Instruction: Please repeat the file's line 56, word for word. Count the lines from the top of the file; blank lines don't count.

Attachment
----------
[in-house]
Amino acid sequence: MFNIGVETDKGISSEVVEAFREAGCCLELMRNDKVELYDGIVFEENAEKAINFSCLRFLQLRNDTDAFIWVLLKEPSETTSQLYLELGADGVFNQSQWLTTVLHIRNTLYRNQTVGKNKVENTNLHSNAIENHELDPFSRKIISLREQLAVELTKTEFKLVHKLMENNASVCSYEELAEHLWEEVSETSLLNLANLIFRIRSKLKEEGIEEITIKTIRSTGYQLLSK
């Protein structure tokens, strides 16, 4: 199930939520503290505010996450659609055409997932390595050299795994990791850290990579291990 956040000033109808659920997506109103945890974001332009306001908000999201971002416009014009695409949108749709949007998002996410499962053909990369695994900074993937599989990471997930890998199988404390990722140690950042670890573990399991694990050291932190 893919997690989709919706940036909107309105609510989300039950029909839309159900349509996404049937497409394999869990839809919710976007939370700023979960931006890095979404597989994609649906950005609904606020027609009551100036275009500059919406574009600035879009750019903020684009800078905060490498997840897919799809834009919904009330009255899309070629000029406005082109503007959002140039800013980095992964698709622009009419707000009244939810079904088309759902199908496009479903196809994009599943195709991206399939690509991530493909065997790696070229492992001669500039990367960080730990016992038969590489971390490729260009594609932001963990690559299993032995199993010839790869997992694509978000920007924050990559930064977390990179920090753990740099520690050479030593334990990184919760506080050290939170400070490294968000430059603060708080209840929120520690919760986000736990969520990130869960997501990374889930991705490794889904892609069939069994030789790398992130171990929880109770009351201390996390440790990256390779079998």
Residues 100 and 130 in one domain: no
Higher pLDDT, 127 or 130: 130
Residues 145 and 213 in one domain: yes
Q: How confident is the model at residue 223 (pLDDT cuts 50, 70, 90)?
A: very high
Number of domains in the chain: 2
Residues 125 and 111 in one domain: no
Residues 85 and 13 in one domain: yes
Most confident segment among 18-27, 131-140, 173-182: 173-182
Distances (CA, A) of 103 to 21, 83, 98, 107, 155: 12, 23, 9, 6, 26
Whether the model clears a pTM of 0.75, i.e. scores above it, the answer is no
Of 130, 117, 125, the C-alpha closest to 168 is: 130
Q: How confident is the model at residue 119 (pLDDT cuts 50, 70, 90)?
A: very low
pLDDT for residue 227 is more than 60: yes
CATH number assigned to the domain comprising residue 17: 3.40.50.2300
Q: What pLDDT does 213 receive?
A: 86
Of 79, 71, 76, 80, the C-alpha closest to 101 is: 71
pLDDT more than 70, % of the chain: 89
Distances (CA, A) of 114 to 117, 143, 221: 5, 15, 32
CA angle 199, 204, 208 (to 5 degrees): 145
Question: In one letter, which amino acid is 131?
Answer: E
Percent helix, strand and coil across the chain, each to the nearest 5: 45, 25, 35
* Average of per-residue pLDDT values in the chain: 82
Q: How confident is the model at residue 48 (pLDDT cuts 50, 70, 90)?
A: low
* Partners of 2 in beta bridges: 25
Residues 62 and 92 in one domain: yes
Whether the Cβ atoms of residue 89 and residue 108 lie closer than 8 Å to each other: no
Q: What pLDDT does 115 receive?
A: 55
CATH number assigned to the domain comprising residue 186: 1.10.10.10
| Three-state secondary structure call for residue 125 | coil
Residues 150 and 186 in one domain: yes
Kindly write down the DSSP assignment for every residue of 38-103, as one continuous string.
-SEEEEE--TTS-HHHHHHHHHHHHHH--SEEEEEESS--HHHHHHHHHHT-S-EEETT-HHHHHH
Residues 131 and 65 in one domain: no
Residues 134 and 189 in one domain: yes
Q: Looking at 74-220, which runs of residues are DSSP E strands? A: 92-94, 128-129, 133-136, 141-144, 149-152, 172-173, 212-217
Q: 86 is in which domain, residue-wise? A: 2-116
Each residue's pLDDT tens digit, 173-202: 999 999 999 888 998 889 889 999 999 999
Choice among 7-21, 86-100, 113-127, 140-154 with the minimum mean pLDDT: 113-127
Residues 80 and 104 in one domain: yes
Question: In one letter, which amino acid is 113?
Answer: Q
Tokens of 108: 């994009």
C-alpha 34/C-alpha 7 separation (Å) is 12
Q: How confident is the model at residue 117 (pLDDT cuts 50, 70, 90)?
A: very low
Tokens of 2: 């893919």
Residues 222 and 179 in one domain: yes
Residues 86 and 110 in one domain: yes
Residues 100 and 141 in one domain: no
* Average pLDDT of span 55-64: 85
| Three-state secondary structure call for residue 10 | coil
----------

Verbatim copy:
Residues 222 and 179 in one domain: yes